- Gel electrophoresis to identify polymorphisms in diverse organisms
- Technique separates two or more forms of a given protein if they differ
significantly in shape, mas or net electrical charge - Identification of a protein polymorphism by inferring genetic variation at the
locus coding for that protein.
- Result: much genetic variations
17.2a: All Populations Have a Genetic Structure
- Gene Pool: sum of all alleles at all gene loci in all individuals
- Genotypic Frequencies: percentages of individuals possessing each
- Allele Frequencies: abundances of one allele relative to others at the same
gene locus in individuals of a population.
- Relative abundances: relative commonness of populations within a
17.2b: Hardy Weinberg Principle
- Null Models: predict what they would see if a particular factor has no effect,
they serve as theoretical reference points against which observations can be
- Hardy Weinberg Principle: specifies the conditions under which a population
of diploid organisms achieves genetic equilibrium, the point at which neither
allele frequencies nor genotype frequencies change in succeeding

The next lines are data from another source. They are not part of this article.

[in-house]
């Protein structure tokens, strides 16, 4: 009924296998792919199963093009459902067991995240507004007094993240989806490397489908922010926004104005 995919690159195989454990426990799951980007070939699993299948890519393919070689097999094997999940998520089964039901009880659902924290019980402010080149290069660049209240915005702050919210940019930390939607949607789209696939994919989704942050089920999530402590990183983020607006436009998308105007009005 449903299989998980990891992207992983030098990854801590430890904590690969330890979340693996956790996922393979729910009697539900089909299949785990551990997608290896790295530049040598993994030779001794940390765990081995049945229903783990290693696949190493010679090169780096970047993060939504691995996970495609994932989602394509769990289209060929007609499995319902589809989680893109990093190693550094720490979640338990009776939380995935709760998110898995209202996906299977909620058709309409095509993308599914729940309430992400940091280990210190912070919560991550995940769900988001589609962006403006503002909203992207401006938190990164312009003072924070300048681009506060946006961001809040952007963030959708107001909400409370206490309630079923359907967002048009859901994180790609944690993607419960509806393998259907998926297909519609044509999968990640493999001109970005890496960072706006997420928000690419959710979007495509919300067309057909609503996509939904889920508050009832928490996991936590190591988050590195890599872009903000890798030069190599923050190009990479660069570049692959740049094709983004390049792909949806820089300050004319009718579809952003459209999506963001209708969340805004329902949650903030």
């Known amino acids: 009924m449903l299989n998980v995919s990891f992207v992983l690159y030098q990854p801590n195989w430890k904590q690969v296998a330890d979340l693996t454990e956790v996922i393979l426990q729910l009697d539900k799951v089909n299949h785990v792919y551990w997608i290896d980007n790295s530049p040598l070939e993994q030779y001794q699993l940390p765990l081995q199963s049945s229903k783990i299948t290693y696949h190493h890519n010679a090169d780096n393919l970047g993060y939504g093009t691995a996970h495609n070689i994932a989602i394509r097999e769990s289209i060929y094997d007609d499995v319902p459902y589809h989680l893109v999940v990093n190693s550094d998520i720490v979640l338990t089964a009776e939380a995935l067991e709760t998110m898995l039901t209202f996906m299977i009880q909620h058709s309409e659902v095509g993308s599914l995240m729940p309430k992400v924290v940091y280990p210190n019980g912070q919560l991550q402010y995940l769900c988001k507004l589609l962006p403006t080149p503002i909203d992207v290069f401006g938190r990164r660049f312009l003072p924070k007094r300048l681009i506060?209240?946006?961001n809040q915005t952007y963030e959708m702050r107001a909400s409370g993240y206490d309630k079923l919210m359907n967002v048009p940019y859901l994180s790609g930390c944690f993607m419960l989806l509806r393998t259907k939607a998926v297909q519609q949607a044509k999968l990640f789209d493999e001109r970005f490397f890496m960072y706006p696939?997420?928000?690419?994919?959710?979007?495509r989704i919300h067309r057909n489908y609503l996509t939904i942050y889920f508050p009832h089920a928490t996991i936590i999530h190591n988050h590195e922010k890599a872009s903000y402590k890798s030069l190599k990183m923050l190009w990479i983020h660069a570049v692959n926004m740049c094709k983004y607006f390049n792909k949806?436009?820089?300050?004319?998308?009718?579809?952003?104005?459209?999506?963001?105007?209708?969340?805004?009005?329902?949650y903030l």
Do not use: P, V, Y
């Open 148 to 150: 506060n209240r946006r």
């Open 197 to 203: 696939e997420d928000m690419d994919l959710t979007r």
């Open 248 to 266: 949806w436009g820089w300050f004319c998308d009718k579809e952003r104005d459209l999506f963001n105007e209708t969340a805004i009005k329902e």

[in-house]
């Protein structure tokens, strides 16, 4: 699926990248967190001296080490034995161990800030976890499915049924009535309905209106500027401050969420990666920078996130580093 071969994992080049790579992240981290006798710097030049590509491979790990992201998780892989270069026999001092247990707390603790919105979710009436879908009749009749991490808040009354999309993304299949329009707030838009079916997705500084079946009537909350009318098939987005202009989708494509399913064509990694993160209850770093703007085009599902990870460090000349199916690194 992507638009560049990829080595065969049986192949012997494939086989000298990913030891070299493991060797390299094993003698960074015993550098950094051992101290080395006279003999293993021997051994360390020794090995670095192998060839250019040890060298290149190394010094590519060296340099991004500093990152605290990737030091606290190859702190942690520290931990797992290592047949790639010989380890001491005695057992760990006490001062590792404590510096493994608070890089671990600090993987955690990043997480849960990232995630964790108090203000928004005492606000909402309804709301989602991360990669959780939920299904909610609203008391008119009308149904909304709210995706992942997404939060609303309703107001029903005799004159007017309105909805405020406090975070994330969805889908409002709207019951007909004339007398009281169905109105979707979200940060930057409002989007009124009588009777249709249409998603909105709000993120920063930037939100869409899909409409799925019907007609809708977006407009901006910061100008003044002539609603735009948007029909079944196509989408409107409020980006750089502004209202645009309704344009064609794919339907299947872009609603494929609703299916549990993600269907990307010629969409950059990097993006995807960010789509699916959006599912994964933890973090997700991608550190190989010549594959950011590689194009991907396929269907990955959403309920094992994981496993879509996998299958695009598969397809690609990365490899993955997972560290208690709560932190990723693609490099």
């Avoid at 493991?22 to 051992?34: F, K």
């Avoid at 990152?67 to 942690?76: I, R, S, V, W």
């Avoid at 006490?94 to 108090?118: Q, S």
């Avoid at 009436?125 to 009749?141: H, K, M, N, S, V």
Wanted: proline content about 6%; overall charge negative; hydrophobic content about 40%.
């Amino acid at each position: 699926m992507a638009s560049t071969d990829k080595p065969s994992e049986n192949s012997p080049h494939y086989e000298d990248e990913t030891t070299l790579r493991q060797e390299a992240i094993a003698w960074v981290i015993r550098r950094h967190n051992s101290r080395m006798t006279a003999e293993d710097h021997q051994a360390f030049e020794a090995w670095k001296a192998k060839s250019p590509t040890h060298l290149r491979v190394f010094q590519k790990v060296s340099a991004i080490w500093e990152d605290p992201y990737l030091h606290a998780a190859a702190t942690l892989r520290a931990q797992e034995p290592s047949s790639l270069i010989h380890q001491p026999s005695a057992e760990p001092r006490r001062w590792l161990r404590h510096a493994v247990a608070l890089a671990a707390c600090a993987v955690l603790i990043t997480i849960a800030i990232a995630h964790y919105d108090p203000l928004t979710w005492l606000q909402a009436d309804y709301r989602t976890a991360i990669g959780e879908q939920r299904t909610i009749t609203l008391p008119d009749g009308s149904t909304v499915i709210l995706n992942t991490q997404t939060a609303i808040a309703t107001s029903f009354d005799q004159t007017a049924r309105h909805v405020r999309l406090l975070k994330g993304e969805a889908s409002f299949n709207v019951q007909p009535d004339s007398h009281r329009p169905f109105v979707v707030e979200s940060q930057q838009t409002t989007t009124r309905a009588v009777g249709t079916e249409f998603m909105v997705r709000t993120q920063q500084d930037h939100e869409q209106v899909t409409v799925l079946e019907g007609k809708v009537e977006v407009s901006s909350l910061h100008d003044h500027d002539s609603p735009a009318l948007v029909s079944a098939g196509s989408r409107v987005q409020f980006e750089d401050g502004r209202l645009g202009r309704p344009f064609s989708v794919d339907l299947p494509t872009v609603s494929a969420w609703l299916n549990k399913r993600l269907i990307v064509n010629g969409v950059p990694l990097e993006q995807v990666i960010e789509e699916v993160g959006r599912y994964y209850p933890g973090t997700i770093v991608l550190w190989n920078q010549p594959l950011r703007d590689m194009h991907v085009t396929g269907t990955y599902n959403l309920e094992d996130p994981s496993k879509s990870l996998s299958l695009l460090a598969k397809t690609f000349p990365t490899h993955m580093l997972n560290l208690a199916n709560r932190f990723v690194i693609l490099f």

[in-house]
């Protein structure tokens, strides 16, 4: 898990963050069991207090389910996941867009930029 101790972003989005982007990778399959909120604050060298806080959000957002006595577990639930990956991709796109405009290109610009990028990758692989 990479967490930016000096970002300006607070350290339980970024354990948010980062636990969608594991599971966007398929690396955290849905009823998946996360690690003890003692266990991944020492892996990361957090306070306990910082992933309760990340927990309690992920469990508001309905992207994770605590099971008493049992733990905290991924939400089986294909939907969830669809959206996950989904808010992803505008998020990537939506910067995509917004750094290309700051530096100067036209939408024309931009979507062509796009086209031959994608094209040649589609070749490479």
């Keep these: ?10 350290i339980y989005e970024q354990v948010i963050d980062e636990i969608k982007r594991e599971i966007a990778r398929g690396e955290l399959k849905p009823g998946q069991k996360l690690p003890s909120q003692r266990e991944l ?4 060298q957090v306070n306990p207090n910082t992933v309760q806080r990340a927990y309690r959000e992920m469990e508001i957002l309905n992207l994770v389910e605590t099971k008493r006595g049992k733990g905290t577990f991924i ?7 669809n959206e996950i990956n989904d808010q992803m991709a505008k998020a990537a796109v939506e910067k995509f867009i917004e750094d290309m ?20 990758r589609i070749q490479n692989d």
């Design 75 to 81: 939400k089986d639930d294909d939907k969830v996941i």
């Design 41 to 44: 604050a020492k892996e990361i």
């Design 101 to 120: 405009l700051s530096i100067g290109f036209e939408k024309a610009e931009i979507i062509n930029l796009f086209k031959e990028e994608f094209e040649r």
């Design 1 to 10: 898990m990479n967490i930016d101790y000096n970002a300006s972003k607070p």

- Mathematical model that describes how genotype frequencies are
established in sexually reproducing organisms.
- Conditions: 1) no mutations occurring. 2) The population is closed to
migration from other populations. 3) The population is infinite in size. 4) all
genotypes in the population survive and reproduce equally well. 5)
Individuals in the population mate randomly with respect to genotypes
- If conditions are met, allele frequencies will never change, and genotype
frequencies will stop changing after one generation
- Therefore, microevolution will not occur
17.3: Agents of Microevolution
- Population’s allele frequencies will change overtime if conditions of Hardy
Weinberg Principle are not met.
- Agents of microevolution: mutation, gene flow, genetic drift, natural
selection, and nonrandom mating
17.3a: Mutations create new genetic variations
- Mutation: heritable change in DNA, which introduces new genetic variation
- Deleterious mutations: alter an individual’s structure, function, or behavior
in harmful ways - Lethal mutations: cause the death of organisms carrying them, if a lethal
allele is dominant, both homozygous and heterozygous carriers suffer effects.
If recessive it affects only homozygous recessive individuals.
- Neutral mutations: neither harmful nor helpful – amino acid sequence not
- Advantageous mutation: confers some benefit on an individual that carries it,